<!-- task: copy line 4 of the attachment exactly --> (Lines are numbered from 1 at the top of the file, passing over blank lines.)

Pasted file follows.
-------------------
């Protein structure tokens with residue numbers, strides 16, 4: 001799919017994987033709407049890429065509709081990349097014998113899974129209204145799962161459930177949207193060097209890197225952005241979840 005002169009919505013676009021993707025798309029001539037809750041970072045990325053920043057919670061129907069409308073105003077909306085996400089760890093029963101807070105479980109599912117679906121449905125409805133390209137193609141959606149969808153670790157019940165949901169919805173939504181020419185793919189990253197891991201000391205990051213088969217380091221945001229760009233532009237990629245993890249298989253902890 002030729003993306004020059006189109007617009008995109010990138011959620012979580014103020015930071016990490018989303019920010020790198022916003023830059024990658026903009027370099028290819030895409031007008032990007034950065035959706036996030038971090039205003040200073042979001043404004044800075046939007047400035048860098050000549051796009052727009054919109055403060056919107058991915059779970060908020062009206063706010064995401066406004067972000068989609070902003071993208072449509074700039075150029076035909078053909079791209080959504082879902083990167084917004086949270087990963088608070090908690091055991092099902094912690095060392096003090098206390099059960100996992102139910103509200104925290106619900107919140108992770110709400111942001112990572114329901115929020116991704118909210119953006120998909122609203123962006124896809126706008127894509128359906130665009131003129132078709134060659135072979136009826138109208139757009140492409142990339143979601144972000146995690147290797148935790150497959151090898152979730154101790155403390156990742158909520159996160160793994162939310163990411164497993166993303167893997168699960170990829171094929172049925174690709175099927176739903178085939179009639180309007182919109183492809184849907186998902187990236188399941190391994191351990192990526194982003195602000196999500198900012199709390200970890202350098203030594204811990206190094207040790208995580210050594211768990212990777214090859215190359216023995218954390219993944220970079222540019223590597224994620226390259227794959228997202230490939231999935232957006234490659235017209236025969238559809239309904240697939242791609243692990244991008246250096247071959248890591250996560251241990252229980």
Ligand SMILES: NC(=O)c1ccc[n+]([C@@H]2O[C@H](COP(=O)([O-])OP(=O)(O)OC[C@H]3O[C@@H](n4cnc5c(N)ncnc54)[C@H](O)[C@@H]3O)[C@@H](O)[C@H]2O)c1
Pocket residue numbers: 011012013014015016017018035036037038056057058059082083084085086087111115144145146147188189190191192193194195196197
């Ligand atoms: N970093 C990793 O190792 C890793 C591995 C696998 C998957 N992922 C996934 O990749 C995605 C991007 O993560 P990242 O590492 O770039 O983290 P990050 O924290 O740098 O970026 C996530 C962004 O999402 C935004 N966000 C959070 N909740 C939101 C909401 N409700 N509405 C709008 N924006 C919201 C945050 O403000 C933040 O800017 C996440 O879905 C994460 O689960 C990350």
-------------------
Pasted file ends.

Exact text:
């Ligand atoms: N970093 C990793 O190792 C890793 C591995 C696998 C998957 N992922 C996934 O990749 C995605 C991007 O993560 P990242 O590492 O770039 O983290 P990050 O924290 O740098 O970026 C996530 C962004 O999402 C935004 N966000 C959070 N909740 C939101 C909401 N409700 N509405 C709008 N924006 C919201 C945050 O403000 C933040 O800017 C996440 O879905 C994460 O689960 C990350």